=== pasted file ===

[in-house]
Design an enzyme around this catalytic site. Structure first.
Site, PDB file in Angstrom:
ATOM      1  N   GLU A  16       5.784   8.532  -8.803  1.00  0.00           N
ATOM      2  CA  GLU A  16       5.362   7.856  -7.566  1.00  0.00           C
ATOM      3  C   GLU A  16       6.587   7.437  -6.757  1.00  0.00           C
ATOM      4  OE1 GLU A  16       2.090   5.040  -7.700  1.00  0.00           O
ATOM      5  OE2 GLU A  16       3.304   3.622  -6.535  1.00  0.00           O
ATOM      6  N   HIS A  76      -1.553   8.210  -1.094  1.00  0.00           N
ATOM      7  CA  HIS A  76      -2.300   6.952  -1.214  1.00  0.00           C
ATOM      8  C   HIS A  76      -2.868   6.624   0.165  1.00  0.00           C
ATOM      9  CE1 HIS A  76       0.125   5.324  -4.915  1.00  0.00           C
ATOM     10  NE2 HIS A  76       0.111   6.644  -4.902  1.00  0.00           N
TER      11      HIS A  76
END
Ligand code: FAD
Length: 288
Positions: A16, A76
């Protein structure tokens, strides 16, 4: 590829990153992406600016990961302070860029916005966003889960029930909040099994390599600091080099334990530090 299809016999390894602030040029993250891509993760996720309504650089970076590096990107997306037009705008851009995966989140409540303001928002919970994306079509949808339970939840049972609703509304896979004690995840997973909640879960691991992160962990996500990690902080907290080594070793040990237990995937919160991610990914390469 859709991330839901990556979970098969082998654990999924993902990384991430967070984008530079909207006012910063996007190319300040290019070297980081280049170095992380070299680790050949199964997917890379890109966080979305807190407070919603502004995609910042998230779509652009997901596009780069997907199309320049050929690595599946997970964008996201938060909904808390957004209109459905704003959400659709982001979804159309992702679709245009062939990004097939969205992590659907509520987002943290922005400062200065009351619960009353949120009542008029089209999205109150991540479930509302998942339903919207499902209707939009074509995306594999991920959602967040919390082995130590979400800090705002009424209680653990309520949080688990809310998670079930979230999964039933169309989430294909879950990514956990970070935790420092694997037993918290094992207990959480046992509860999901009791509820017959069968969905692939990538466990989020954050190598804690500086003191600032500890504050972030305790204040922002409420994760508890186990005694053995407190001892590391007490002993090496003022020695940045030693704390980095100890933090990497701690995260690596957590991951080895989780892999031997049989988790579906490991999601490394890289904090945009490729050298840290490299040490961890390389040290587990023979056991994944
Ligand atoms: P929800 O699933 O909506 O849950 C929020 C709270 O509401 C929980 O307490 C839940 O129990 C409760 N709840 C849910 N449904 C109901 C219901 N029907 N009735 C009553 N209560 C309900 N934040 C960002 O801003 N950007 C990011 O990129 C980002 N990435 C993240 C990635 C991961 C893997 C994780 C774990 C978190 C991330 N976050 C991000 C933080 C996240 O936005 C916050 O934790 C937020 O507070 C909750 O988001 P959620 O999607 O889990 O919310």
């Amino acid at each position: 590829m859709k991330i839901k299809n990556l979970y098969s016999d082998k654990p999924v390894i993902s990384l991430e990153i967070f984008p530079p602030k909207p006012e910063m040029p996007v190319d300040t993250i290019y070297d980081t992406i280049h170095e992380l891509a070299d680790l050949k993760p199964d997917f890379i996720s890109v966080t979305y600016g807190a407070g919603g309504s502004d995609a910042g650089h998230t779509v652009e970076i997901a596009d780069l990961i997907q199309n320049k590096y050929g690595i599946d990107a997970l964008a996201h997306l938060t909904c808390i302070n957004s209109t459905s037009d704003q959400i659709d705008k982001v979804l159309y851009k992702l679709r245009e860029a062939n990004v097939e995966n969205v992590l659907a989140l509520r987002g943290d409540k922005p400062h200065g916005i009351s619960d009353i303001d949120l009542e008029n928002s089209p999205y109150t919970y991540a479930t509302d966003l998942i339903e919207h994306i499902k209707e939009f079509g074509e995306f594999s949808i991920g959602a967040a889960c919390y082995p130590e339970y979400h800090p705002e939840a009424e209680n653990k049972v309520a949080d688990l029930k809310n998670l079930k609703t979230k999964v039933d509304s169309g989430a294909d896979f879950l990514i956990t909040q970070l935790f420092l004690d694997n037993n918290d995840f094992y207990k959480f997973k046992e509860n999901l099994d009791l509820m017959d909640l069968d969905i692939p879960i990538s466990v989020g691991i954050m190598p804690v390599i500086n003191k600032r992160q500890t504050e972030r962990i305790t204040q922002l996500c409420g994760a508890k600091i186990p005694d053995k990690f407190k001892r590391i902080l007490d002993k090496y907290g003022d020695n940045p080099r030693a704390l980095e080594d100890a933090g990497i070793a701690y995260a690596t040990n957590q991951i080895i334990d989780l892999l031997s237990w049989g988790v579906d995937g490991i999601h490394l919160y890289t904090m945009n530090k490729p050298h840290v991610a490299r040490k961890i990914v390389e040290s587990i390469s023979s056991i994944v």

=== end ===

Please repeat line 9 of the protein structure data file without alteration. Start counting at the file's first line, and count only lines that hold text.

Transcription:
ATOM      6  N   HIS A  76      -1.553   8.210  -1.094  1.00  0.00           N